New perspectives: New Challenges

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Recent Submissions

Now showing 1 - 5 of 17
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    The Effect of Formal Instruction on Reading Proficiency
    (2009-12-05) Dr. Adnan Shehadeh; Mr. Khaldoun Zughayyer

    The role of formal instruction on language proficiency has been the subject of much debate among specialists in language acquisition throughout the history of the communicative approach (Ellis, 1999). This study specifically investigates the role that formal instruction plays in the area of receptive skills, namely, reading. The study attempts to probe the impact of exposing college students to two general English courses on their reading proficiency. A group of college students from different majors were tested in reading before they had started their English courses, then they were asked to sit for the same test after finishing the courses. Results showed that exposing students to formal instruction in the form of English courses has influenced the different aspects of reading proficiency in various degrees. Several variables such as the students' majors, the specific abilities required for each aspect, and the type of questions may stand behind these results.

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    Diglossia: A Comparative Study between Arabic and English
    (2009-12-05) Dr. Samir M Rammal

    “Diglossia is a natural phenomenon in any language: If there is any difference between diglossia in Arabic and in other world languages like English or French, it is a quantitative difference” (Zughoul, 1980:32). This paper discusses Arabic diglossia in contrast with the diglossic situation in English with special reference to the quantitative difference. A comprehensive definition of the term “diglossia” is also provided. Besides, the paper focuses on issues related to the linguistic implications of diglossia including phonological, lexical, and syntactic differences between the standard and colloquial varieties of English and Arabic. Finally, a special section in the paper discusses whether or not diglossia is a stable language situation and how it can be a real obstacle in the communicative function in a language which is highly diglossic.

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    Form and Function in English Teaching: Meeting the Challenges of the ICT
    (2009-12-05) Dr. Graham Stott

    Diane Larsen-Freeman has suggested that the point of education is to accelerate the learning process-and "not to be satisfied with or try to emulate what learners can do on their own." This makes a useful starting point when thinking of the challenges and opportunities facing us as educators. Consider the new technologies of learning. They can greatly facilitate individual study (far more than we usually let it, indeed); but can they usefully add to what we do in the classroom? Yes, if we look at databases, simulations and concordances: not really, if we stick with PowerPoint. If we use technology to help us do what we want to do (for example, if we believe that learning entails hard thinking about difficult problems, and use it to help students define a problem space) it is an amazing resource; otherwise it is just a gimmick. Here, as in so many areas, form follows function.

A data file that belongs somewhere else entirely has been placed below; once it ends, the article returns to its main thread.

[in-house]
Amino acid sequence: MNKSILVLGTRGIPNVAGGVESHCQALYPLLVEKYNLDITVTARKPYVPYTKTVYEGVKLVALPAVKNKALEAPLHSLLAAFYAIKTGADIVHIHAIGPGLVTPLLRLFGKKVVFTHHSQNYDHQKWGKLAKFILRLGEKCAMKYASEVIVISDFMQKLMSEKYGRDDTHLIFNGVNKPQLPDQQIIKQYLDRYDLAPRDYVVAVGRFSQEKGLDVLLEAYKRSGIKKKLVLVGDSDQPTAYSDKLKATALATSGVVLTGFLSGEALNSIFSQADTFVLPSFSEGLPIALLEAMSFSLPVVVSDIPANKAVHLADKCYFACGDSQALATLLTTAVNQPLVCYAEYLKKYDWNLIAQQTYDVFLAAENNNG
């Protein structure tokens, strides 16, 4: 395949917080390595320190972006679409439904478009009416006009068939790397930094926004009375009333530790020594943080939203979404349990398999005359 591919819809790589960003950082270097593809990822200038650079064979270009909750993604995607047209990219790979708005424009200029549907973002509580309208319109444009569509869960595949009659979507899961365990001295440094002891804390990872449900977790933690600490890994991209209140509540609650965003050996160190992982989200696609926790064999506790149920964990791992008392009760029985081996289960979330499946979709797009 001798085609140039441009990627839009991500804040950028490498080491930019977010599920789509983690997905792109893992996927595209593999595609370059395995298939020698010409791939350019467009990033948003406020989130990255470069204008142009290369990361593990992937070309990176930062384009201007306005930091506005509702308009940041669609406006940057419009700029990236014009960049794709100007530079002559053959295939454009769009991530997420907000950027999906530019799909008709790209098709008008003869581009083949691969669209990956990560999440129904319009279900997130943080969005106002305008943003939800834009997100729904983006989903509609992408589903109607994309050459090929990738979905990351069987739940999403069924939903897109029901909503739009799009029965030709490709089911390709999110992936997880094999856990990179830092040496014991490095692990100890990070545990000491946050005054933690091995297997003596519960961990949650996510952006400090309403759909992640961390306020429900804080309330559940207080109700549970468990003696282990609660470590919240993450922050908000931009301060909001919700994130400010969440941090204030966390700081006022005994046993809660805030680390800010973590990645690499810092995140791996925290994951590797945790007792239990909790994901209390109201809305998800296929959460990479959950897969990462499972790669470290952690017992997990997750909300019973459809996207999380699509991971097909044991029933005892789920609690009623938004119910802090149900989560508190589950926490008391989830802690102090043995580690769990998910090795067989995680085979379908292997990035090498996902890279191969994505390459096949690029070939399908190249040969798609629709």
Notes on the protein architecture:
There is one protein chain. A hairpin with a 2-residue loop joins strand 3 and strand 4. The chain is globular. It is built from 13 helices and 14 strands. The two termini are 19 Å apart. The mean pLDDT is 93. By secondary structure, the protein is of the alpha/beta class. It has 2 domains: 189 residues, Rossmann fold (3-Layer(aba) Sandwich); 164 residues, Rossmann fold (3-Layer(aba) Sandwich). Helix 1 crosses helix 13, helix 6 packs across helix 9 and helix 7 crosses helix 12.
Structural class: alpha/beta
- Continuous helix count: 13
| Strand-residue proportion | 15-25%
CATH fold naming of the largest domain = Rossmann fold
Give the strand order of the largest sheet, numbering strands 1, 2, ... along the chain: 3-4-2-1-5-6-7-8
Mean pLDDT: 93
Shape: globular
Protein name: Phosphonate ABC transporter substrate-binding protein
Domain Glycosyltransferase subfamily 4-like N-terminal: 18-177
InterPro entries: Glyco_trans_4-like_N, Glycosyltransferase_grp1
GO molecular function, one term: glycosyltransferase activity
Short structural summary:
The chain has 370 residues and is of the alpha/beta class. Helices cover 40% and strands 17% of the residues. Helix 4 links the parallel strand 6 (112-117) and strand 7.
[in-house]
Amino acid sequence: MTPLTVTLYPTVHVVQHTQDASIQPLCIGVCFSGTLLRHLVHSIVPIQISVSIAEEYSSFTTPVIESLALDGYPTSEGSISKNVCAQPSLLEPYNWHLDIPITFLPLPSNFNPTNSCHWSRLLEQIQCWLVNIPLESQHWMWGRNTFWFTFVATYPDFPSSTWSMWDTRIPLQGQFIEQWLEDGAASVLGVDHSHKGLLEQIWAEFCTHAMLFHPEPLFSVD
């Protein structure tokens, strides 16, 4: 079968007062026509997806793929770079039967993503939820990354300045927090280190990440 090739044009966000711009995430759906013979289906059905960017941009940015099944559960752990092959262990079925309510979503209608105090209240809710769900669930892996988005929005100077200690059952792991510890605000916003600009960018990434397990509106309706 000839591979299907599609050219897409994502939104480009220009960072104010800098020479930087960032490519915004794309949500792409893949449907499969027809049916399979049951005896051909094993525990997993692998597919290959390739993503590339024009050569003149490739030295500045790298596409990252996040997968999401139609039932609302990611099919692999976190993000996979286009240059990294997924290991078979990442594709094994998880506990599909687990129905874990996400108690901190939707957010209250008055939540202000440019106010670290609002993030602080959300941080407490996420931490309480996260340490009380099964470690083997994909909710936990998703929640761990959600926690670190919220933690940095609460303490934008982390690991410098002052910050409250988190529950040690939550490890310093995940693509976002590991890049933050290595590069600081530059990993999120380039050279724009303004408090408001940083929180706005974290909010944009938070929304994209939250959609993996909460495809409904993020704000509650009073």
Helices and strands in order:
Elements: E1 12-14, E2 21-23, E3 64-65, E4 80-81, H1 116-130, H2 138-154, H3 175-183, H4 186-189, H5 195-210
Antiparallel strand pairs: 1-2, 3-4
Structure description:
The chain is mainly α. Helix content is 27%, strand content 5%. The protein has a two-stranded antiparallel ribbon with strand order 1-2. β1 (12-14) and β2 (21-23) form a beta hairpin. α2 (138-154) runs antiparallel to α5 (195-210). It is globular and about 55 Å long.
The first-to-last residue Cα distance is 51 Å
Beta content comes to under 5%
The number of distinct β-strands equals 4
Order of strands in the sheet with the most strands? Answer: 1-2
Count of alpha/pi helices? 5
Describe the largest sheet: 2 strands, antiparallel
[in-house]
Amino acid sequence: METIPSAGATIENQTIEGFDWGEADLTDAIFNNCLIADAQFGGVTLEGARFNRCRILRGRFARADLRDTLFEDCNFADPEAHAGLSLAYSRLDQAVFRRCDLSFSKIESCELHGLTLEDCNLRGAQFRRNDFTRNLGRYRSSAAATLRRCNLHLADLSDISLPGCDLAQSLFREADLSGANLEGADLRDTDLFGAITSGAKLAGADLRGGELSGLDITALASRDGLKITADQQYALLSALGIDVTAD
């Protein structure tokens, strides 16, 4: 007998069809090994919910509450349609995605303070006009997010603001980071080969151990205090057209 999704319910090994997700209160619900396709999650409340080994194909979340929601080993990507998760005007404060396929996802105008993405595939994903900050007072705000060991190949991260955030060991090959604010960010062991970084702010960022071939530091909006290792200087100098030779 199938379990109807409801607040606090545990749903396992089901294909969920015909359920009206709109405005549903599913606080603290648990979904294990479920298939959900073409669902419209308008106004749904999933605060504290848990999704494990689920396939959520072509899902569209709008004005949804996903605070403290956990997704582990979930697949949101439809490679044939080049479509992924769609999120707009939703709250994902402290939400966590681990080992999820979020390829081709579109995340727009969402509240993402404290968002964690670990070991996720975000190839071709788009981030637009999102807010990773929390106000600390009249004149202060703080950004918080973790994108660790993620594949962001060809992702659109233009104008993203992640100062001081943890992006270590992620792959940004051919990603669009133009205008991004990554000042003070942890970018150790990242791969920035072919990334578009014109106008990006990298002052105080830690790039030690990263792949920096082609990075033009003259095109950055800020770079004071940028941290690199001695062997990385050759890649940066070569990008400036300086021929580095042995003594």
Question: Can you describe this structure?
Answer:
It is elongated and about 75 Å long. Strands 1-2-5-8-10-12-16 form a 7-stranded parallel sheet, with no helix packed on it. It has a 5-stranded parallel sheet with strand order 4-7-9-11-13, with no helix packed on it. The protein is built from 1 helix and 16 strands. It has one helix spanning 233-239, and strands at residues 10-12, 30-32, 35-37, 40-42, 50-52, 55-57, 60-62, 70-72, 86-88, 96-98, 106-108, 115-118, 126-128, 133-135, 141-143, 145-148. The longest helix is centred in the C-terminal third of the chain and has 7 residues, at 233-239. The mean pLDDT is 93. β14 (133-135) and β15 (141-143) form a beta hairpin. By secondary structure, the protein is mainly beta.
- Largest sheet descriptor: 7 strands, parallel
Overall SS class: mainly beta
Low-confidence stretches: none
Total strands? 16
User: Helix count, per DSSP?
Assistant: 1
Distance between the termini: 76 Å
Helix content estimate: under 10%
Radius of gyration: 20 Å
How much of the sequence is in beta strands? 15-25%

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    Distance Learning and New Technologies in Teaching and Learning English
    (2009-12-05) Dr. Insaf Abbas

    The paper will focus on the explorations of modern technology in enhancing learning in general, English language and literature teaching, and learning in particular. It will describe some experiments in using new technologies that the researcher has been implementing in this respect. The first one is the researcher's experience in working on preparing two online courses in English language and literature teaching utilizing the Moodle platform and the virtual classes technique. The second one is the experience of running an online English literature course through the technique of video streaming. These experiences will be described. Attitudes of students towards these techniques will be surveyed. Outcomes are to be presented and challenges highlighted.

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    In-class Activities that Enhance Students’ Fluency in English Conversation
    (2009-12-05) Dr. Suzanne Arafat

    This paper reports on the perceptions of students towards the role of using different in- class activities in improving the English language learners’ communicative skills. It aims at finding out if the perceptions of students are affected by several variables such as gender, teacher’s reinforcement, students’ preparation for the class, reason for enrolling in the conversation class. To identify factors affecting students’ oral communication fluency, three instruments were used to collect data: a questionnaire, interviews and observations. The results indicated the effectiveness of using extensive in-class listening activities through listening to recorded materials in addition to participation in active listening exercises. Findings also showed the importance of the teachers’ feedback in improving oral production. Finally, the researchers recommend that the English and Methods of Teaching Departments increase the number of oral communication courses that provide students with the chance to practice and improve their oral communication skills. Moreover, further research is needed to investigate the effectiveness of developing and choosing authentic material relevant to the students’ cultural values.